Sinclair is making its NextGen broadcast app code open source
Subscribe to NewscastStudio for the latest news, project case studies and product announcements in broadcast technology, creative design and engineering delivered to your inbox.
Merging over-the-air and Internet-delivered programming is a revolutionary capability built into the NextGen Broadcast standard also known as ATSC 3.0.
Enabling that feature is the Broadcast App.
Viewers today are agnostic on how they receive TV programs so long as the quality is equivalent between providers.
Understanding that broadcast and broadband services can be merged to provide the best of over-the-air and Internet-delivered content is a key factor in the new delivery ecosystem.
That interactive technology allows viewers to choose content regardless of how it gets to their screens.
The Sinclair Broadcast App has been under development for several years and is being refined for both fixed and mobile services.
The app maximizes screen space for programming and ancillary services like weather, alternate programming and advertising.
Providing similar viewer interactive options to those found on other programming websites, the Broadcast App permits the viewer to control which services to watch no matter the source.
To afford maximum flexibility and permit its rapid evolution, the Sinclair Broadcast App is being offered for free via an MIT open source license to all programmers in the ecosystem.
That license posted to the GitHub project site follows the approved MIT license text:
“Permission is hereby granted, free of charge, to any person obtaining a copy of this software and associated documentation files (the “Software”), to deal in the Software without restriction, including without limitation the rights to use, copy, modify, merge, publish, distribute, sublicense, and/or sell copies of the Software, and to permit persons to whom the Software is furnished to do so …”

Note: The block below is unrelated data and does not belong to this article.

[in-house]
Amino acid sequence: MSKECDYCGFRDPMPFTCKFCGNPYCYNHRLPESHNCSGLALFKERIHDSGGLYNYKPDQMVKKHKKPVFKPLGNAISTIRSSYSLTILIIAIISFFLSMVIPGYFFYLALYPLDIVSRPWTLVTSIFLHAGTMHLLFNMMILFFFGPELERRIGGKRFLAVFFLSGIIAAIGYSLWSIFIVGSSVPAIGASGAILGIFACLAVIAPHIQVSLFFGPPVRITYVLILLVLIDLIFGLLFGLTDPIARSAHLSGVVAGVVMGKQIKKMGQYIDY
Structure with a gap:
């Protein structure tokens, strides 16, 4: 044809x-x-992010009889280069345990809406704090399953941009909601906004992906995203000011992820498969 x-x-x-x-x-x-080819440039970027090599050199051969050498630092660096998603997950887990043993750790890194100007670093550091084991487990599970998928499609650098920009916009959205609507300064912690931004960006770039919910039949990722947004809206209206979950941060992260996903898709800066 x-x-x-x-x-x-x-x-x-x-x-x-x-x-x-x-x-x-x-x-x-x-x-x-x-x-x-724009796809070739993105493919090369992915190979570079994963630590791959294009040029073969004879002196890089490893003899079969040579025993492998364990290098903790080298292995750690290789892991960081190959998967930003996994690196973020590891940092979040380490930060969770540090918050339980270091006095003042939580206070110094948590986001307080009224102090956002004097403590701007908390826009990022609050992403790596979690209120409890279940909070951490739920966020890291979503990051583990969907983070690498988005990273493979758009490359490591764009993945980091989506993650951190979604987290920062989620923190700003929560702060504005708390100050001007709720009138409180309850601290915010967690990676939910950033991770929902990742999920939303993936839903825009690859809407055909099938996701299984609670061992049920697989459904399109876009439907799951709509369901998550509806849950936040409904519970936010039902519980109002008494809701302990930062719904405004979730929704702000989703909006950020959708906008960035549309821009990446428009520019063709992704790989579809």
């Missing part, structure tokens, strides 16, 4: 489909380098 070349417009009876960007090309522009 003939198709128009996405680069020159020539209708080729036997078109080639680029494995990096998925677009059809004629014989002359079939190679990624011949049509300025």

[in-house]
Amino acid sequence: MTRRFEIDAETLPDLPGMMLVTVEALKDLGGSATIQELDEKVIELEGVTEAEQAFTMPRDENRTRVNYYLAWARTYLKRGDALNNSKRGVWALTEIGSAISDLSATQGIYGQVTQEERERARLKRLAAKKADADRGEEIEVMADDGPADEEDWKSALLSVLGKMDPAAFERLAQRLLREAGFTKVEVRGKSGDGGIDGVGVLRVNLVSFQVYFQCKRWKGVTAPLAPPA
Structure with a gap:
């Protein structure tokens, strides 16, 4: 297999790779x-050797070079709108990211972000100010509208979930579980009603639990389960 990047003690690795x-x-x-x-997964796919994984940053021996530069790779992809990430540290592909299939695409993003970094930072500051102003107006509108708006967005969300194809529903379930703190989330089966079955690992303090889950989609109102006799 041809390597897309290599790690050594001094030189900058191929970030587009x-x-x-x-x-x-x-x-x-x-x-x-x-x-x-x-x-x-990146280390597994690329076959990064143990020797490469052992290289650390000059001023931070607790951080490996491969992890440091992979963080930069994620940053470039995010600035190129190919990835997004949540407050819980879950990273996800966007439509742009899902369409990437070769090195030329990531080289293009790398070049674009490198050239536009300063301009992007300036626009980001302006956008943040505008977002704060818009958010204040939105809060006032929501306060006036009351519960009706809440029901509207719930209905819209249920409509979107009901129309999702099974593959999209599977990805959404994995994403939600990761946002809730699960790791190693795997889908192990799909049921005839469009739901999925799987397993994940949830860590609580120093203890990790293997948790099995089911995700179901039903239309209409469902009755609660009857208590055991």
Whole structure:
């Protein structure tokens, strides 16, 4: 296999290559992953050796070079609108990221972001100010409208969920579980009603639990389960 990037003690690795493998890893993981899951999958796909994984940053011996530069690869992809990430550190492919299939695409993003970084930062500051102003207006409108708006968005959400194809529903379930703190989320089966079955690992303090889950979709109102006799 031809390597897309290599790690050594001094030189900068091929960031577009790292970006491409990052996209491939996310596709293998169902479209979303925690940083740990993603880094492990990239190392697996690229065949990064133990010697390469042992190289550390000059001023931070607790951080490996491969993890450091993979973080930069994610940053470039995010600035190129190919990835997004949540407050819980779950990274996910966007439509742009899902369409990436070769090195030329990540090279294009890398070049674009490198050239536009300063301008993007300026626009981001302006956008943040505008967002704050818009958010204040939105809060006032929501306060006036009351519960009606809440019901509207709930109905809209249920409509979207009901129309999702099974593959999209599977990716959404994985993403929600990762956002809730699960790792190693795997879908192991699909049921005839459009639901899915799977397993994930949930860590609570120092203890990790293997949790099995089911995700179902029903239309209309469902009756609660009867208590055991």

Sinclair notes that the “… copyright notice and this permission notice shall be included in all copies or substantial portions of the Software” and also includes a standard disclaimer that the code is provided “as is” and without any warranty, both of which are standard terms of the license.
Sinclair still holds the copyright to the software, another element that is permitted under the MIT license.
Broadcasters will be able to deploy the open-source broadcast app on a standalone basis or, to maximize potential, extend the capabilities with a connected platform. This platform can be developed by the broadcaster or in partnership with Sinclair and the company has created a code repository on GitHub.
“The beauty of the NextGen Broadcast standard is its ability to both enhance the content we deliver and do it as flexibly as possible. The hybrid nature of television today means we must make it as easy as possible for viewers to take advantage of our offerings. Encouraging all broadcasters and other programmers to customize their offerings on a common App will significantly hasten the adoption of NextGen services,” said Mike Kralec, Sinclair’s SVP and chief technology officer, in a statement.